Monday will mark the first Memorial Day without an honoring ceremony at Mill Springs National Cemetery in its 152-year history.

Plans for the annual Memorial Day service at Mill Springs was cancelled back in March as the COVID-19 pandemic reached Kentucky's borders. 

Back home in Somerset for the holiday weekend, Congressman Hal Rogers (KY-5) visited the historic site — first dedicated back in 1868 — on Friday morning to pay his respects and deliver a Memorial Day message for the people of Pulaski County.

"We all need to pay attention to the heroes that are buried amongst us," Congressman Rogers said. "This national cemetery is home to a lot of heroes.…We would not be here but for those who served our country, particularly at war but also at peace."

The congressman sought to bring attention to one hero in particular. Sergeant Brent Woods (1855-1906) served in the United States Army during the American Indian Wars out west, saving the lives of many during one 1881 engagement in New Mexico. He holds the distinction of being the first (and so far only) Pulaski Countian to be awarded the Congressional Medal of Honor as well as being one of two African-Americans from Kentucky to be so honored.

Congressman Rogers' recalled how Sgt. Woods was moved from an unmarked grave in downtown Somerset to Mill Springs in 1984, thanks to the efforts of one of his descendants. The woman, Loraine Smith, initially asked Rogers for help obtaining a monument.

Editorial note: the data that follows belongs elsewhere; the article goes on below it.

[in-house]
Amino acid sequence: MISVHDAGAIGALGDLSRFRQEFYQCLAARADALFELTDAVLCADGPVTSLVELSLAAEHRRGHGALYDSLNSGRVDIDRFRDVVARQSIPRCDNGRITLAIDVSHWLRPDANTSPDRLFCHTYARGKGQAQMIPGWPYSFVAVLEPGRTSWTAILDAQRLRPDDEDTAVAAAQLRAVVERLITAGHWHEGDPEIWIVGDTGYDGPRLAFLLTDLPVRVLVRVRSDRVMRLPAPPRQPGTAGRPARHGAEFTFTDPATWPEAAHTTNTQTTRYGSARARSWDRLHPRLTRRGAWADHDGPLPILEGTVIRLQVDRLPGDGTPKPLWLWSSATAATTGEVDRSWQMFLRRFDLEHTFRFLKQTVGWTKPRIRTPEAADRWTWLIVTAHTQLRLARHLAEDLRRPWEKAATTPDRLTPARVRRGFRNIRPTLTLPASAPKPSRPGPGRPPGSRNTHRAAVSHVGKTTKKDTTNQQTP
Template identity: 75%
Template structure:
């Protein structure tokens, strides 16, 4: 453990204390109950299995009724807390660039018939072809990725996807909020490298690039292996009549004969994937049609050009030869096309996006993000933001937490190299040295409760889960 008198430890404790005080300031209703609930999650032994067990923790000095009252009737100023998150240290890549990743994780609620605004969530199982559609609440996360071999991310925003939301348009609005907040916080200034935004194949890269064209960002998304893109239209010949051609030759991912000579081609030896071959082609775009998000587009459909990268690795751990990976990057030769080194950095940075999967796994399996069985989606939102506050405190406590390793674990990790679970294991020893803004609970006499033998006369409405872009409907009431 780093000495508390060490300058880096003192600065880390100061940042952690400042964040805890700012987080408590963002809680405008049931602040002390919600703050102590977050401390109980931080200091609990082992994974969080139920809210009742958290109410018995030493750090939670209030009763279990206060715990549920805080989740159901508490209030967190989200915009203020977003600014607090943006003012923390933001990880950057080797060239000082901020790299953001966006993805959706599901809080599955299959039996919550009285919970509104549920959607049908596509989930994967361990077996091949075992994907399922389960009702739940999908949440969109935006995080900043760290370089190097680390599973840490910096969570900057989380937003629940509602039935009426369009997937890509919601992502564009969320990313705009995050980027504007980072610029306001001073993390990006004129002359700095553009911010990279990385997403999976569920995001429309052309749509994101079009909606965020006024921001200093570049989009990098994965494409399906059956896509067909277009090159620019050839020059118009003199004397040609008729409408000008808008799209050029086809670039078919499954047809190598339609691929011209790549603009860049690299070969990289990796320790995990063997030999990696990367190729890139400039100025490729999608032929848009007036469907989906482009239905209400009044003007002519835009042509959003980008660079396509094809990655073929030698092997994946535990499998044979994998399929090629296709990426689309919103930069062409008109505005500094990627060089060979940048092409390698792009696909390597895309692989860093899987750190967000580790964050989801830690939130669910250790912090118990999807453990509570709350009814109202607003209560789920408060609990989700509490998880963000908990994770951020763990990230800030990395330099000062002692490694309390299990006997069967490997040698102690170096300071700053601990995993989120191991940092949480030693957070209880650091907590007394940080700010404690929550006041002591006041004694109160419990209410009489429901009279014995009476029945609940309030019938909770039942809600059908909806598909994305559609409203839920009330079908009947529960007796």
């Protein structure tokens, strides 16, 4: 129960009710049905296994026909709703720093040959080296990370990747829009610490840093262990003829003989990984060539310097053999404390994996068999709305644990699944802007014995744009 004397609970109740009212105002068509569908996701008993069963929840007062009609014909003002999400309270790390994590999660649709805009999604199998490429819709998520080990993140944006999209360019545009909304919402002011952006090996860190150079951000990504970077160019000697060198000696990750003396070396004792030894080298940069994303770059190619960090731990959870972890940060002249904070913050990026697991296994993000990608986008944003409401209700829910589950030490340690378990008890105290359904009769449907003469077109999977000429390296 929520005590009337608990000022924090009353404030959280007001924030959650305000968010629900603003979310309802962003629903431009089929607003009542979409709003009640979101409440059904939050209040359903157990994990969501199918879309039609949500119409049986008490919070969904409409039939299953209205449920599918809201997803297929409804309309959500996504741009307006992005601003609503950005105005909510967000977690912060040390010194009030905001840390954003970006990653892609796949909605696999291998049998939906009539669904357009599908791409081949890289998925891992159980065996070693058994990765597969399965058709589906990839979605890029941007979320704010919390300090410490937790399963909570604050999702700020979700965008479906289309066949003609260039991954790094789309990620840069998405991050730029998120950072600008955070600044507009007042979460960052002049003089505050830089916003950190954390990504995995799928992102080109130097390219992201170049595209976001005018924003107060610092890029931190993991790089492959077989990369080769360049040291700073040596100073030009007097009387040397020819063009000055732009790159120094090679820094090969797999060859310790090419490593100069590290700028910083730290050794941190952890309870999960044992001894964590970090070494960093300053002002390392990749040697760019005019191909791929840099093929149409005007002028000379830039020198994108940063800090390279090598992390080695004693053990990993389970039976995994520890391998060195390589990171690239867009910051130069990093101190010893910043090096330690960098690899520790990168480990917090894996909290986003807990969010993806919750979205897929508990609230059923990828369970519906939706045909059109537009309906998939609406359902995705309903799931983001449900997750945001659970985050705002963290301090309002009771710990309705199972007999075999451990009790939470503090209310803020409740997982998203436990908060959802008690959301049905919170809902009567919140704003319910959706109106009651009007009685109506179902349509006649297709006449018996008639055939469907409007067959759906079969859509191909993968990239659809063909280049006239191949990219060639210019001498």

"I said, 'We'll do more than that,'" Congressman Rogers recalled, noting that the Secretary of the Army at the time led the procession from Somerset to Nancy. "We got a monument but we wanted [Sgt. Woods] buried here, in this military cemetery, close to his home.…He was laid to rest with full military honors and rests here today in a place of honor as he deserves."

The cemetery was first used for casualties of the January 1862 Battle of Mill Springs and was recently designated — along with approximately 900 acres including the adjacent museum, Zollicoffer Park and other landmarks — as a national monument with the National Park Service. That transition from private to public ownership is continuing through the COVID-19 pandemic.

"I'm proud of this cemetery and the way it's being kept," Congressman Rogers said. "The National Park Service will see to it that it stays this way." 

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